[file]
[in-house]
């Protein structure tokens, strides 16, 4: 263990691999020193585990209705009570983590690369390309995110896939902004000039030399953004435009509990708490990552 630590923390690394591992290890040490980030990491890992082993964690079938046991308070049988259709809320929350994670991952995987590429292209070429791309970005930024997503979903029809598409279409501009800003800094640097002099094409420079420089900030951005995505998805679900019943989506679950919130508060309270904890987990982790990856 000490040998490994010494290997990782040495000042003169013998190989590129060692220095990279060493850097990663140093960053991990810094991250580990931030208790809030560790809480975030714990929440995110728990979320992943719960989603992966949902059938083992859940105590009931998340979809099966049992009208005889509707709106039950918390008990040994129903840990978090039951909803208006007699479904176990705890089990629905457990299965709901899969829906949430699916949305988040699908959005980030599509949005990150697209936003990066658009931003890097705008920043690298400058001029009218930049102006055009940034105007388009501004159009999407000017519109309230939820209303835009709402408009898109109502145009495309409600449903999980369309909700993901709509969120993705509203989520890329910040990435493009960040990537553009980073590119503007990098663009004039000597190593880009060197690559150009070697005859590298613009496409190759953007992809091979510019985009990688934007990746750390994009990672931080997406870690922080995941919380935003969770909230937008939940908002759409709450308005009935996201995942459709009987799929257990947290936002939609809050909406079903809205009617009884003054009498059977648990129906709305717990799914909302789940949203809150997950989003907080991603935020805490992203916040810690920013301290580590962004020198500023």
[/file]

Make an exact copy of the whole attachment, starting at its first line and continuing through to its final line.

[in-house]
């Protein structure tokens, strides 16, 4: 263990691999020193585990209705009570983590690369390309995110896939902004000039030399953004435009509990708490990552 630590923390690394591992290890040490980030990491890992082993964690079938046991308070049988259709809320929350994670991952995987590429292209070429791309970005930024997503979903029809598409279409501009800003800094640097002099094409420079420089900030951005995505998805679900019943989506679950919130508060309270904890987990982790990856 000490040998490994010494290997990782040495000042003169013998190989590129060692220095990279060493850097990663140093960053991990810094991250580990931030208790809030560790809480975030714990929440995110728990979320992943719960989603992966949902059938083992859940105590009931998340979809099966049992009208005889509707709106039950918390008990040994129903840990978090039951909803208006007699479904176990705890089990629905457990299965709901899969829906949430699916949305988040699908959005980030599509949005990150697209936003990066658009931003890097705008920043690298400058001029009218930049102006055009940034105007388009501004159009999407000017519109309230939820209303835009709402408009898109109502145009495309409600449903999980369309909700993901709509969120993705509203989520890329910040990435493009960040990537553009980073590119503007990098663009004039000597190593880009060197690559150009070697005859590298613009496409190759953007992809091979510019985009990688934007990746750390994009990672931080997406870690922080995941919380935003969770909230937008939940908002759409709450308005009935996201995942459709009987799929257990947290936002939609809050909406079903809205009617009884003054009498059977648990129906709305717990799914909302789940949203809150997950989003907080991603935020805490992203916040810690920013301290580590962004020198500023």